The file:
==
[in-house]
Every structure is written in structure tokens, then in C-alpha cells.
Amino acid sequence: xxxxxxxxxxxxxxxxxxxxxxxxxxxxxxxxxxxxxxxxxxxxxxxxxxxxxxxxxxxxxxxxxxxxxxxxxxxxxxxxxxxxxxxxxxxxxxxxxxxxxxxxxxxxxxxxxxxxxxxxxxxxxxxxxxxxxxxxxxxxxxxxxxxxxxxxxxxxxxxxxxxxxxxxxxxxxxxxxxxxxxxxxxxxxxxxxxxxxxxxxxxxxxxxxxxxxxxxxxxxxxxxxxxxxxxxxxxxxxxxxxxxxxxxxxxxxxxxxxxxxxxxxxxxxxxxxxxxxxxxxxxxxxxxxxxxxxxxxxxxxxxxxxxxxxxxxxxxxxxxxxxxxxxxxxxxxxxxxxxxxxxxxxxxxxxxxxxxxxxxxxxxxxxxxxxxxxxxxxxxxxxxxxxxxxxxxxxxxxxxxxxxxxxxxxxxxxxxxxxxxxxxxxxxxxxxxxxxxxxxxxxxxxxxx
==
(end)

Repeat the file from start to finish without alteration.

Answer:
[in-house]
Every structure is written in structure tokens, then in C-alpha cells.
Amino acid sequence: xxxxxxxxxxxxxxxxxxxxxxxxxxxxxxxxxxxxxxxxxxxxxxxxxxxxxxxxxxxxxxxxxxxxxxxxxxxxxxxxxxxxxxxxxxxxxxxxxxxxxxxxxxxxxxxxxxxxxxxxxxxxxxxxxxxxxxxxxxxxxxxxxxxxxxxxxxxxxxxxxxxxxxxxxxxxxxxxxxxxxxxxxxxxxxxxxxxxxxxxxxxxxxxxxxxxxxxxxxxxxxxxxxxxxxxxxxxxxxxxxxxxxxxxxxxxxxxxxxxxxxxxxxxxxxxxxxxxxxxxxxxxxxxxxxxxxxxxxxxxxxxxxxxxxxxxxxxxxxxxxxxxxxxxxxxxxxxxxxxxxxxxxxxxxxxxxxxxxxxxxxxxxxxxxxxxxxxxxxxxxxxxxxxxxxxxxxxxxxxxxxxxxxxxxxxxxxxxxxxxxxxxxxxxxxxxxxxxxxxxxxxxxxxxx